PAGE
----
By the time we’d moved from the house in Indian Hills to the one in Gallup proper, I’d already left behind six homes that I remembered, but it was the first time I’d looked around at the empty rooms since we’d moved in.
Did the carpets all have little snags? Had we abandoned so much crap—like Legos and scraps of paper? Were all the air-conditioning vents those weak rectangles smashed into the floor?
All that was left was the detritus, ground in dried food, stains, and yellowing white paint on the walls. If I could, I’d point to where sat the sofa or hung the earth-tone paintings, photos, and prints. Instinct alone could have led me to my former bedroom, because I didn’t recognize it at all.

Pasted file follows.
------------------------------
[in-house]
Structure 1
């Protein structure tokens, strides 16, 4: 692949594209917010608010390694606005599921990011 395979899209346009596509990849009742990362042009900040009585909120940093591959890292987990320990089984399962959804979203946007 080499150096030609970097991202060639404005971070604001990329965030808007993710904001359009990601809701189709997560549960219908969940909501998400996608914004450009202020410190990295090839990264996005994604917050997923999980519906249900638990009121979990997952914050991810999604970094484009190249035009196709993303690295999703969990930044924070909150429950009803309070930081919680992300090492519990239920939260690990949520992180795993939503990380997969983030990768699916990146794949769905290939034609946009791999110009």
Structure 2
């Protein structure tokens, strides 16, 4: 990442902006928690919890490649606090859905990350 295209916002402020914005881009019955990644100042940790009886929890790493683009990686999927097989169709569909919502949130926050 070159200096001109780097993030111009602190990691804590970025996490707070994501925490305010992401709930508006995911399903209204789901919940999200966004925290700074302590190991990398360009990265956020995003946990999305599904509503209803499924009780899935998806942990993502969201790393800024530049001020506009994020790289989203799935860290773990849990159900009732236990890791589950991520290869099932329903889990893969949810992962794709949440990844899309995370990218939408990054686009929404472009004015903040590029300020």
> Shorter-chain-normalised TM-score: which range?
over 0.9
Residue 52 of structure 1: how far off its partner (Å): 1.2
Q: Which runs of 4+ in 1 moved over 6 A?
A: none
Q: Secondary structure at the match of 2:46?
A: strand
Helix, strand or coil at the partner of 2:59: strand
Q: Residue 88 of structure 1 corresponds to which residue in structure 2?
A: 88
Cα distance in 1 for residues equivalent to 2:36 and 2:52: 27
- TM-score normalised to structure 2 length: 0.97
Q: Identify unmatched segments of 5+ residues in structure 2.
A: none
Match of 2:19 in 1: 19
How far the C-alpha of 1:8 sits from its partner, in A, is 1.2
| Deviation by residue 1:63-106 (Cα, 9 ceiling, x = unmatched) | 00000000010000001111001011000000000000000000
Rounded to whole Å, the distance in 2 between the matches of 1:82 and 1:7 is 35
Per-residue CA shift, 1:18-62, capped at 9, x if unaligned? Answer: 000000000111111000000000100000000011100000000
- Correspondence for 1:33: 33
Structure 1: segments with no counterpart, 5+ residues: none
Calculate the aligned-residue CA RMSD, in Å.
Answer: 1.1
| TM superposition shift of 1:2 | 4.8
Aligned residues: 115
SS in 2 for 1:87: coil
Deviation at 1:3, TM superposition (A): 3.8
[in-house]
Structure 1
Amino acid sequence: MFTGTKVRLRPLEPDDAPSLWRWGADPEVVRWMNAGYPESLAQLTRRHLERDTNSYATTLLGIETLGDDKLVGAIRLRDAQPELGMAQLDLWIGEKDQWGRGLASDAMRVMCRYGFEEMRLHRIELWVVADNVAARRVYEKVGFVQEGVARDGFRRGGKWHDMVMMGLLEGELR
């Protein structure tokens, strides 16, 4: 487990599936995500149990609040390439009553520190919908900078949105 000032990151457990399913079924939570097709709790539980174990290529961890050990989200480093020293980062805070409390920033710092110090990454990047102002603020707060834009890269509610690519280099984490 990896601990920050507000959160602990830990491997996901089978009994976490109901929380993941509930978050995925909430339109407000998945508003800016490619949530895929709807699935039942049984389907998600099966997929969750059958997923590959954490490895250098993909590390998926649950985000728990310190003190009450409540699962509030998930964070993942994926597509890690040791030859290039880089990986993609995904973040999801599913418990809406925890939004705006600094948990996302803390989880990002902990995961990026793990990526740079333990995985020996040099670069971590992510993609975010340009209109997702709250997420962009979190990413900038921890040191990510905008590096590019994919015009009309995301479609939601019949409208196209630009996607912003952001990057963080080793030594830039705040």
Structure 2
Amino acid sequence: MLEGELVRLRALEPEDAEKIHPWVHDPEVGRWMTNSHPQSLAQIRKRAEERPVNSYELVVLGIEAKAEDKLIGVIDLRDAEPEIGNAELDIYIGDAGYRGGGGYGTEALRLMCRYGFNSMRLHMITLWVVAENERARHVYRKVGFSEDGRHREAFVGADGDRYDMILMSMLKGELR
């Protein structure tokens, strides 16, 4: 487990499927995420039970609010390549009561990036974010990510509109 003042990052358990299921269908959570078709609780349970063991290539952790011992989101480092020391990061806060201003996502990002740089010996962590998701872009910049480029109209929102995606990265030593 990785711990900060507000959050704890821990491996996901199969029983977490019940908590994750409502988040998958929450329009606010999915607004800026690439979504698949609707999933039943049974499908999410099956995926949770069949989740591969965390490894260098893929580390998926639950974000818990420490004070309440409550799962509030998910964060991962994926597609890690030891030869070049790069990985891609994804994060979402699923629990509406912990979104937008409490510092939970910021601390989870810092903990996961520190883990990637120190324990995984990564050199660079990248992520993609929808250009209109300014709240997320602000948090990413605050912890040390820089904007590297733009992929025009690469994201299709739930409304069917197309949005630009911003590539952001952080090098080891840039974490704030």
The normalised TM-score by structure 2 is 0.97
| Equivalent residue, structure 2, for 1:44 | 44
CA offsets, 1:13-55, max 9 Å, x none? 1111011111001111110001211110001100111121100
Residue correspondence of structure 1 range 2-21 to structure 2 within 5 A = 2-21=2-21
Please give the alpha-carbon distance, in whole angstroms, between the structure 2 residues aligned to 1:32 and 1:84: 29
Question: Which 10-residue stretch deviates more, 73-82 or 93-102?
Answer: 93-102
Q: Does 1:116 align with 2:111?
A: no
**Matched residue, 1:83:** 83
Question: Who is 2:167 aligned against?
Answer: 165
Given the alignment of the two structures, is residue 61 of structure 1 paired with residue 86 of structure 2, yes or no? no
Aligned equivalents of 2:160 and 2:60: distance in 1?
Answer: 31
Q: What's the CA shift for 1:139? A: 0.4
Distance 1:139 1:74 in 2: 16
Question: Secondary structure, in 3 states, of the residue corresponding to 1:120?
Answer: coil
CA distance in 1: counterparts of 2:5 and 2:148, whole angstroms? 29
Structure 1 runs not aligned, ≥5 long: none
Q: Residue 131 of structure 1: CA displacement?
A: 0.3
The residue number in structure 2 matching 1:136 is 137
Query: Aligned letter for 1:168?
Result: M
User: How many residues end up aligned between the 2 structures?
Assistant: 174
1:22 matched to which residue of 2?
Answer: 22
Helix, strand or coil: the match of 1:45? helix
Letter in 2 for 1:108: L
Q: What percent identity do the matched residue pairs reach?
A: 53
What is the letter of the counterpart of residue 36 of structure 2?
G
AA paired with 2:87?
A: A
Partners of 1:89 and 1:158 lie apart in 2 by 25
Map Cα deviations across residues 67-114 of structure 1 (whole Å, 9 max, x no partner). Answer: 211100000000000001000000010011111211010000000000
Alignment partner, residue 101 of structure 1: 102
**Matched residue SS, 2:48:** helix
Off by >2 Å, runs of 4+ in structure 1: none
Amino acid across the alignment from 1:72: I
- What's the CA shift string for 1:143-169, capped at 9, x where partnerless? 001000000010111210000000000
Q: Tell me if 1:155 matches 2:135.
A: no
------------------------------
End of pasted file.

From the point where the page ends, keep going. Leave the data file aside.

And then it hit me. “This place looks so much smaller now,” I said.
“You mean bigger?” my dad clarified.